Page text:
Bunky Mastin & Wade Tyler
Published: Friday, March 29, 2013 at 2:54 p.m.
Last Modified: Friday, March 29, 2013 at 2:54 p.m.
The Christmas season is traditionally bustling at the Wine and Cheese Gallery on North Main Street downtown. Amid the regular lunch crowds and shoppers perusing bins and racks of wine, thousands of custom gift baskets are created, brimming with bries and goudas, gourmet crackers, Champagne and chiantis and imported bottles of beer.
Downtown affiliation: Co-owners of the Wine and Cheese Gallery on North Main Street.
Their contributions to downtown: The Wine and Cheese Gallery has been a downtown landmark since opening 40 years ago this spring.
What they expect to see next:
Encouraged by the new vibrancy, they are optimistic about the future. They predict the Wine & Cheese Gallery’s new evening dining offerings will thrive.
If you roll back the calendar four decades, you’ll understand just how fitting is this annual holiday buzz of celebration at the 19th-century house that has been the Wine and Cheese Gallery’s only home.
It was Christmas 1972 and in Washington D.C., plans were underway for the second inauguration of Richard Nixon, coming up the following month.
Meanwhile, in Gainesville, three young neighbors had gathered at a holiday party and, fueled by a couple of bottles of Charles Krug Cabernet, were honing in on some plans of their own.
Among the friends was Thomas “Bunky” Mastin, originally from Chattanooga, Tenn. After graduating from the MBA program at Emory University, he’d moved to Gainesville but traveled a lot, raising money with graduate school friends for gas- well exploration in West Virginia. He had a wife in law school and a 3-year-old son, and he wanted off the road.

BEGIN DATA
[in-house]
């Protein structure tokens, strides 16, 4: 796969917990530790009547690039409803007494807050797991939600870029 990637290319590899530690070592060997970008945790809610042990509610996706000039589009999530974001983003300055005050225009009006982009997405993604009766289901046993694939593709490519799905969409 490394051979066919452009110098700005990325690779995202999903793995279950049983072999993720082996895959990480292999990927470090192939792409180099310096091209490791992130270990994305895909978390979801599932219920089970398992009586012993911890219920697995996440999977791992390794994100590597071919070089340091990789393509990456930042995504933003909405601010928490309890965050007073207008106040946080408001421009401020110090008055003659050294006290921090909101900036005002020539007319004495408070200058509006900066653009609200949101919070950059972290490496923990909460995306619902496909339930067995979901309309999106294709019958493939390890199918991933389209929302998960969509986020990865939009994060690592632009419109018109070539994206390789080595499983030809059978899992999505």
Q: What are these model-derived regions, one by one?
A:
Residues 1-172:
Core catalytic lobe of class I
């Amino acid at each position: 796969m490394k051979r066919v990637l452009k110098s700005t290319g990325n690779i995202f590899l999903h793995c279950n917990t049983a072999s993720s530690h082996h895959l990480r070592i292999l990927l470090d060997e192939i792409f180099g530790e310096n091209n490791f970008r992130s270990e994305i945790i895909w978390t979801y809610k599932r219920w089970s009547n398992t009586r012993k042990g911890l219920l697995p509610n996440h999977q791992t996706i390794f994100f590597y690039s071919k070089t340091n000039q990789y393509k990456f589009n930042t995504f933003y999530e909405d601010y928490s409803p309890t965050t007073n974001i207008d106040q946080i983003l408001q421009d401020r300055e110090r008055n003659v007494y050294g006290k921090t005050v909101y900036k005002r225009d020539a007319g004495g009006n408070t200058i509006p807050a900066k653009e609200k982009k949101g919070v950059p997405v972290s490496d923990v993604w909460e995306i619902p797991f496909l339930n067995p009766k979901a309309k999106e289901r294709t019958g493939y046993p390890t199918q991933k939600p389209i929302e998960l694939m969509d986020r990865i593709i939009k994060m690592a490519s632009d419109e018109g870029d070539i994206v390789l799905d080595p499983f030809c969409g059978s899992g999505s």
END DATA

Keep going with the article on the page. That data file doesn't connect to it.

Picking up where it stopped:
How about if we start a new business, the friends pondered, not for the first time. Something the town doesn’t have yet, something, well, innovative?
But what? The answer was close, almost as close as the wine glasses they held in their hands.
“We all lived at the “new” Oak Forest apartments, socialized poolside, played a lot of tennis, and quickly became very bored with the five to 10 wine selections at a little store called Tom Thumb Liquors, remembers Wade Tyler, who had recently finished undergraduate and graduate degrees in art at the University of Florida.
Before the night was through, an idea that Mastin carried with him to Gainesville fueled the “eureka” moment that ignited their plans:
“A friend from the Emory MBA program had the first cheese shop in Atlanta,” Mastin remembers saying, “and had expanded into wine. Great idea, right?”
They abandoned the other possibility they were kicking around — Gainesvlle didn’t have a maternity shop either — and got to work. They visited retailers in Atlanta, where the idea of a “wine and cheese shop” had taken hold, and sought advice from Mastin’s grad school friend.
“By late March of 1973, with almost no money and a lot of energy, we opened in our current location,” says Mastin. “After a 40-year odyssey, we are still there.”
This spring, Tyler and Mastin celebrate four decades as partners in the downtown business. (They bought out the third, Neal Benson, soon after opening, with an investment by Dr. Marc Gale, who remains a silent partner and friend.)